Monday, October 2, 7:30PM

Shelton Auditorium

Poet, translator, professor and editor Matthew Zapruder is the author of the poetry collections, Father’s Day (Copper Canyon, 2019), Sun Bear (Copper Canyon, 2014), Come On All You Ghosts (Copper Canyon, 2010), The Pajamaist (Copper Canyon, 2006), and American Linden (Tupelo Books, 2002). He is also the author of Why Poetry (Ecco, 2017), an impassioned call for a return to reading poetry, which the New York Times Book Review called “a roaring success.” Zapruder collaborated with painter Chris Uphues on For You in Full Bloom (Pilot Books, 2009) and cotranslated, with historian Radu Ioanid, Romanian poet Eugen Jebeleanu’s last collection, Secret Weapon: Selected Late Poems (Coffee House Press, 2008). His next book is Story of a Poem, coming from Unnamed Press in April 2023.

Zapruder’s poems have been included in the anthologies Best American Poetry (2017, 2013, 2009), Third Rail: The Poetry of Rock and Roll (2007), and Legitimate Dangers: American Poets of the New Century (2006), as well as Poets on Teaching: A Sourcebook (2010). His poems, essays and translations have appeared in many publications, including Tin House, Paris Review, The New Republic, The Boston Review, The New Yorker, McSweeney’s, The Believer, Real Simple, and The Los Angeles Times.

Zapruder is cofounder of Verse Press, which later became Wave Books in 2005. From 2016-17 he held the annually rotating position of Editor of the Poetry Column for the New York Times Magazine.

Zapruder’s honors include a Guggenheim Fellowship, a Lannan Foundation Residency Fellowship, the William Carlos Williams Award from the Poetry Society of America, and the May Sarton Prize from the American Academy of Arts and Sciences. He has taught writing at various universities around the country and is currently an associate professor in the Saint Mary’s College of California MFA Program in Creative Writing.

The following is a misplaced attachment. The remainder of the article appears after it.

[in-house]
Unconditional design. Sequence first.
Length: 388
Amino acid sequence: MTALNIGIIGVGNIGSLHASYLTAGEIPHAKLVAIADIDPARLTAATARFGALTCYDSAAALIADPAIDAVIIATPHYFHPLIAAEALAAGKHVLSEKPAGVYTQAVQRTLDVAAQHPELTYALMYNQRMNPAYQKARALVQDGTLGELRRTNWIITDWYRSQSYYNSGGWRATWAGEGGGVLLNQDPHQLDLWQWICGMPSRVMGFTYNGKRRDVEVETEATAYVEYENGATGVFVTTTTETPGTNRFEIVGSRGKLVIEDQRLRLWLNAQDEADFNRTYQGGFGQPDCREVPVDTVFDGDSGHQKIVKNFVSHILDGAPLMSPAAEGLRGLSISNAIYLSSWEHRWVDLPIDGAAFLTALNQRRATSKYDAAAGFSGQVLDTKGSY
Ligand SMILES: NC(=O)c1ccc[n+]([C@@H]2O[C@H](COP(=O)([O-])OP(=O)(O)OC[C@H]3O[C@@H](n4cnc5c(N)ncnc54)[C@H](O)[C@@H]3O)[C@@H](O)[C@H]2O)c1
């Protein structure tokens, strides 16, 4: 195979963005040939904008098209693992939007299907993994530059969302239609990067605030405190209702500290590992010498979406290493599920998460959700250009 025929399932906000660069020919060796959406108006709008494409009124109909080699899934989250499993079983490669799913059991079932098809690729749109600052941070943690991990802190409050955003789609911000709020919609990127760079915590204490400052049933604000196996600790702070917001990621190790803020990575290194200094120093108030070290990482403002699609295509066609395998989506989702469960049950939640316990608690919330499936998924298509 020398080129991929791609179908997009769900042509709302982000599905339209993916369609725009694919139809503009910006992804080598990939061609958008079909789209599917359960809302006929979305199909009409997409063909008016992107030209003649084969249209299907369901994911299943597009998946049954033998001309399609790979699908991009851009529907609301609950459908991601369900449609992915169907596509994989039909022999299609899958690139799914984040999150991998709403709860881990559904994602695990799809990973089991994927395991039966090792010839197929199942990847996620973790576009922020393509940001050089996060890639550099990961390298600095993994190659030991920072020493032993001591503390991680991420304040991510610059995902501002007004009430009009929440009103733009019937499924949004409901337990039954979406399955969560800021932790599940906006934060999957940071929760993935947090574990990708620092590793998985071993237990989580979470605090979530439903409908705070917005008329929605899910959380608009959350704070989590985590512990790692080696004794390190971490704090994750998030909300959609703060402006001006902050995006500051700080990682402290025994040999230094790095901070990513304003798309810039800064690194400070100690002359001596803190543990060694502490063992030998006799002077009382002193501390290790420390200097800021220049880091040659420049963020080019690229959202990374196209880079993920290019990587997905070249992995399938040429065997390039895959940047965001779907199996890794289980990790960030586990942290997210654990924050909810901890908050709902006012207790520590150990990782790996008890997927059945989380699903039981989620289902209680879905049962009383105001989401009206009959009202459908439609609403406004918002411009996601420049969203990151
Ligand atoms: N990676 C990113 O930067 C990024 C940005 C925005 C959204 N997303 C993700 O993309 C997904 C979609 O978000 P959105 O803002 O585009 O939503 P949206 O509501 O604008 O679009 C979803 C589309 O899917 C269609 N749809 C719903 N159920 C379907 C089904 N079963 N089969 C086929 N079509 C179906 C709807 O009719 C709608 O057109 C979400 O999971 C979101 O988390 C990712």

National Book Foundation “5 Under 35” Award and Winner of the Alice Hoffman Prize for Fiction

Wednesday, October 25, 7:30PM

Schrott Center for the Arts

Dantiel Moniz is the recipient of a National Book Foundation “5 Under 35” Award, a Pushcart Prize, a MacDowell Fellowship, the Alice Hoffman Prize for Fiction, and a “Writer to Watch” by Publishers Weekly. Her debut collection, Milk Blood Heat, is the winner of a Florida Book Award, and was a finalist for the PEN/ Jean Stein Award, the PEN/ Robert W. Bingham Prize, and the New York Public Library Young Lions Fiction Award, as well as longlisted for the Dylan Thomas Prize. Milk Blood Heat was hailed as “must-read” by TIME, Entertainment Weekly, Buzzfeed, Elle, and O, The Oprah Magazine, among others.

Her writing has appeared in the Paris Review, Harper’s Bazaar, American Short Fiction, Tin House, Ploughsahres, McSweeney’s Quarterly Concern, The Yale Review, and elsewhere. Moniz is an Assistant Professor at the University of Wisconsin-Madison where she teaches fiction.